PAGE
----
Ask The Doc
What is the role of speed and power in tennis? Do I need it, and what are ways to get it?
Tennis is all about speed and power-speed to get around on the court and move the racquet to hit the ball, and power to put the most force into ball impact. This is the third of the 4 “Ss” of conditioning for tennis. Speed is about moving rapidly and power is about applying force.
Speed has both linear and rotational components. Linear speed is about moving (usually running) in a straight direction – forwards/backwards or side-to-side. Linear speed conditioning drills are basically running drills. You should try to develop a strong start, emphasizing quickly moving to maximum speed, while running under balance and control. In tennis, linear speed is over short distances, so you should train over those distances – 5 to 15 yards. You should train in both forwards and backwards movements and side-to-side movements. Since tennis play occurs in repetitive episodes of short runs, you should run 5 to 6 sets of 5 forward/backward and 5 side-to-side movements, with a short period of rest between sets in each conditioning session. Some of the sets can be done with the end point of slowing down the movement, but others should be run with the end point of a sudden stop to the movement, to prepare for changes of direction that are commonly needed in running. In this case, the counter movement should start immediately after the stop. The exact type of running drills can consist of any movements that will mimic the movements during the tennis match. They can be done on the court, in the gym or at home. Running while using weights is probably not best for these drills, as weights add extra load and require different body responses that are not well translated into the movements needed on court.
Rotational speed refers to movements of body segments and usually refers to trunk rotations and arm rotations. The goal of these conditioning drills is to generate speed of the segments to optimize the force applied at ball impact. To optimize rotational speed, optimum flexibility around these joints is necessary, so a preliminary stretching program needs to be implemented. Speed is best acquired by moving the trunk or arm through the full range of motion with low resistance. Body weight is used first as the resistance, but in progressions, 1 to 5 pound weights held in the hands can be used. This will allow the full range of motion to be accomplished. Heavier weights can apply too much load to the joint and result in undesirable compensations in activating the muscles. Trunk rotations should be done with the feet stable on the ground and shoulder width apart, and the motion should be from full left twist to full right twist and then reversed. 6 to 8 sets of 5 repetitions can be done each session. Arm rotations can be done with the full arc of motion, starting with the arms at the side, moving into full overhead motion and back down and with the arm starting at shoulder level and moving from internal to external rotation and back. Once again 6 to 8 sets of 5 repetitions can be done in each session.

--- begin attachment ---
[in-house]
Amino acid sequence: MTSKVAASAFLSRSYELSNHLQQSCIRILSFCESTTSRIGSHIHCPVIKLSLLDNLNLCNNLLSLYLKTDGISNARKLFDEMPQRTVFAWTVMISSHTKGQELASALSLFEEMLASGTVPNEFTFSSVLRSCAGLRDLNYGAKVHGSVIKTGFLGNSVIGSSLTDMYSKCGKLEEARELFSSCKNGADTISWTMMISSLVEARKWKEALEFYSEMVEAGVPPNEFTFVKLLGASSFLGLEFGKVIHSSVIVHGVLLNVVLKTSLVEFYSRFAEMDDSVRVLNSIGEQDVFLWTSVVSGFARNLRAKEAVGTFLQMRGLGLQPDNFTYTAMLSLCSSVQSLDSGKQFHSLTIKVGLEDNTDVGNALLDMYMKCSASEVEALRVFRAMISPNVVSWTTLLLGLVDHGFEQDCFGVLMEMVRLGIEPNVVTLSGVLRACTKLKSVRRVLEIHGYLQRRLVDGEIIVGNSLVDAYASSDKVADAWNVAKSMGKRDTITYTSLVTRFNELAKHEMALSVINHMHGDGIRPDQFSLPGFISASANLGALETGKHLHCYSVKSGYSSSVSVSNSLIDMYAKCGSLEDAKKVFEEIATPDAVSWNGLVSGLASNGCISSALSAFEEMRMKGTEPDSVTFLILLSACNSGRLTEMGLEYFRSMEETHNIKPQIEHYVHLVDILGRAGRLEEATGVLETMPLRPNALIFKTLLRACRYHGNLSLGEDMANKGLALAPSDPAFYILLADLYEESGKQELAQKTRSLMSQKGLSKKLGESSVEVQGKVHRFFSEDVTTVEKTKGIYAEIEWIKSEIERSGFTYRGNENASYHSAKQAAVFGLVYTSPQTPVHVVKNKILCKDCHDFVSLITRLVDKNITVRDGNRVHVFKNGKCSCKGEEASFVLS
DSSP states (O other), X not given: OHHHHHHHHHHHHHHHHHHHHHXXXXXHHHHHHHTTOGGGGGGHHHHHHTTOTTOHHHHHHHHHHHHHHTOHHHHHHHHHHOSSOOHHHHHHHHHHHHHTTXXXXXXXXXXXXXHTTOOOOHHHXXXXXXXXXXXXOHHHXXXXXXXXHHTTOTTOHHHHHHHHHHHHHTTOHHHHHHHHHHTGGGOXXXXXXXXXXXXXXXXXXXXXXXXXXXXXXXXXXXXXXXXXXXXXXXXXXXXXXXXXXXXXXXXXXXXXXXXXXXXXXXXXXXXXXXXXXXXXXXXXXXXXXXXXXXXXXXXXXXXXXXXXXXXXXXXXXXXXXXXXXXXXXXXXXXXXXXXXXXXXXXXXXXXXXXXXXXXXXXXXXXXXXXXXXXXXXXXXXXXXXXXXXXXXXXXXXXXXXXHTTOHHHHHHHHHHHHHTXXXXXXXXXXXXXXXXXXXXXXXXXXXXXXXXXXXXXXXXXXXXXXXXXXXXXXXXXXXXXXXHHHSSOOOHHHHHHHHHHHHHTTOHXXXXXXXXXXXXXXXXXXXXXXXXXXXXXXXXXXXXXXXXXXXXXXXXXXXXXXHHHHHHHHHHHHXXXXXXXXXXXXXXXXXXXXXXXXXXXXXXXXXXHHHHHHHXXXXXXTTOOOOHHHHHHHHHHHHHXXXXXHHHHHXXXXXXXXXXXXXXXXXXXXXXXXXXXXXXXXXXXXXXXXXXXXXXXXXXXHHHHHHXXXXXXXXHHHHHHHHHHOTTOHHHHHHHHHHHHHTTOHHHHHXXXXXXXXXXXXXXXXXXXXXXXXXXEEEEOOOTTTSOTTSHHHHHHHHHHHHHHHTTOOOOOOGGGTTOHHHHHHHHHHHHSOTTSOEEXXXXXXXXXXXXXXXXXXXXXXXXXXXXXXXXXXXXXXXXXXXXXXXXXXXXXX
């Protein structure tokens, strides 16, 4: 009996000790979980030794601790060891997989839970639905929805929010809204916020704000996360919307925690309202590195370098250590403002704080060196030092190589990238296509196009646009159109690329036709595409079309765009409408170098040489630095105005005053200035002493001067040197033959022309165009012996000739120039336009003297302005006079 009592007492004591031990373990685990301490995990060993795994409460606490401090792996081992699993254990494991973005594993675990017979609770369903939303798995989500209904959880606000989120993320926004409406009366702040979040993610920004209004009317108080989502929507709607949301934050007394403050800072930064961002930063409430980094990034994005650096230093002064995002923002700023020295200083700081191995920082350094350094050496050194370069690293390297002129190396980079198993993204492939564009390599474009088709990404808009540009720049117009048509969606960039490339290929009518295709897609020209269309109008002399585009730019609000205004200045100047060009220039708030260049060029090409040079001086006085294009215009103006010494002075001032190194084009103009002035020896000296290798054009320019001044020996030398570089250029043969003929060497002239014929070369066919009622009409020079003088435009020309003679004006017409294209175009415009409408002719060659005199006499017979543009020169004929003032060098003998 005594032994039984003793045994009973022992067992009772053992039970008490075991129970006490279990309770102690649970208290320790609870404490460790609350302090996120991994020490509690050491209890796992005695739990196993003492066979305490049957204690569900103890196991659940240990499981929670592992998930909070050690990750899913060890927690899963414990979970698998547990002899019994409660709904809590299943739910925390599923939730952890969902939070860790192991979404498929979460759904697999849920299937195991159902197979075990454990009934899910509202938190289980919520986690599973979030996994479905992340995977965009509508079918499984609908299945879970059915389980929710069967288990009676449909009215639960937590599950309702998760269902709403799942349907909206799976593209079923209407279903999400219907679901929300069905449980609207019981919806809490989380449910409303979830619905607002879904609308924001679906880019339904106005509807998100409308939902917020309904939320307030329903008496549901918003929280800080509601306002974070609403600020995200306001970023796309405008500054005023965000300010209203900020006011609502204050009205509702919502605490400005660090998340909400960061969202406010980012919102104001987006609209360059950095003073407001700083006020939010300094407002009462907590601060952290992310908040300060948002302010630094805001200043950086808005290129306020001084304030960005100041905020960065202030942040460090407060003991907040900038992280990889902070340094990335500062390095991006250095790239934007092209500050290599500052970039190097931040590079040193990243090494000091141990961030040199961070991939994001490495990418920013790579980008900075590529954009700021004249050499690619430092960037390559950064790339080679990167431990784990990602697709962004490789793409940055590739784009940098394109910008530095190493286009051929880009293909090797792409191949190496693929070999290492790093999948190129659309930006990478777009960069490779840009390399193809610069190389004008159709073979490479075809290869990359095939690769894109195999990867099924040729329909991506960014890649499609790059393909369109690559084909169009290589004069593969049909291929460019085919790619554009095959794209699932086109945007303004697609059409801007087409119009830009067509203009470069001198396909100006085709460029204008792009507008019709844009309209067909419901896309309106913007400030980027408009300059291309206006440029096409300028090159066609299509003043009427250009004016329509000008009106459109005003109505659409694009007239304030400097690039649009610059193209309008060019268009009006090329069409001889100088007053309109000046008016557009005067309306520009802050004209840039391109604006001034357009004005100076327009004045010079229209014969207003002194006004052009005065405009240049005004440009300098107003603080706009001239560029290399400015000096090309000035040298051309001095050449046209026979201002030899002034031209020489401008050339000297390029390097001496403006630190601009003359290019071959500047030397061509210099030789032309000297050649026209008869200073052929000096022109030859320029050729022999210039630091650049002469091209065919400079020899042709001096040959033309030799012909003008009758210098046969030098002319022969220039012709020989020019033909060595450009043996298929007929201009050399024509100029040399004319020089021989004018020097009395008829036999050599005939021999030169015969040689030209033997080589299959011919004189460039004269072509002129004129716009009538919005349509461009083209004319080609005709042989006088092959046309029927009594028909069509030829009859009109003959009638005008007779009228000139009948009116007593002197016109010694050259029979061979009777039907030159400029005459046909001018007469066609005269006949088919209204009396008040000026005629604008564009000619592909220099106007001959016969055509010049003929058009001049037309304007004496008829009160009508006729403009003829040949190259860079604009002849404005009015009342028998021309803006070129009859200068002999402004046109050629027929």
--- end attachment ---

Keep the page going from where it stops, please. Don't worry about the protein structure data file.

Speed can transition into power. Power is not the same as strength. Power is using strength rapidly and in a concentrated fashion. It requires strength and flexibility. Power is best conditioned by using medium resistance through short distances and rapid velocities. Resistance can start with body weight and progress to bands, handheld weights and bars, with relatively high repetitions. Examples would include 6 to 8 sets of 10 repetitions using 6 to 10-pound weights, medium resistance tubing or 15-pound bars. The resistance should be moved through a specific arc of motion and should frequently include the motions needed in tennis such as trunk rotations, arm motions of the stroke patterns and leg motions for stopping, starting and cutting. A good method of improving speed is plyometrics – a stretch/shortening technique that couples relatively slow motion in one direction (lengthening the muscles) with a relatively fast motion in the opposite direction (shortening the muscles). An example would be slow knee flexion coupled with fast knee extension or slow elbow flexion coupled with fast elbow extension. These types of exercises are especially helpful in tennis, which is basically a plyometric sport comprised of a series of start/stop, stretch/shortening activities. Effective plyometric muscle function maximizes the ability to apply power to the stroke and ball impact. Multiple exercise programs can be used to improve power; a few exercises that are used at the Lexington Clinic Sports Medicine Center are provided below.
While working to maximize power through a conditioning program, or when applying power during play, power can place high levels of potential injury loads on the joints, muscles and bones. Care must be taken in doing the exercises for power conditioning, especially the plyometric exercises. Going through too large a range of motion, applying too much resistance, or doing too many sets can lead to acute or chronic overload and injury. Progressions of extra load, repetitions, or sets should be implemented gradually, with no more than a 15% increase in any component at a time. Power can be a tennis player’s best friend to win points and matches, but it can turn into an enemy if overload occurs.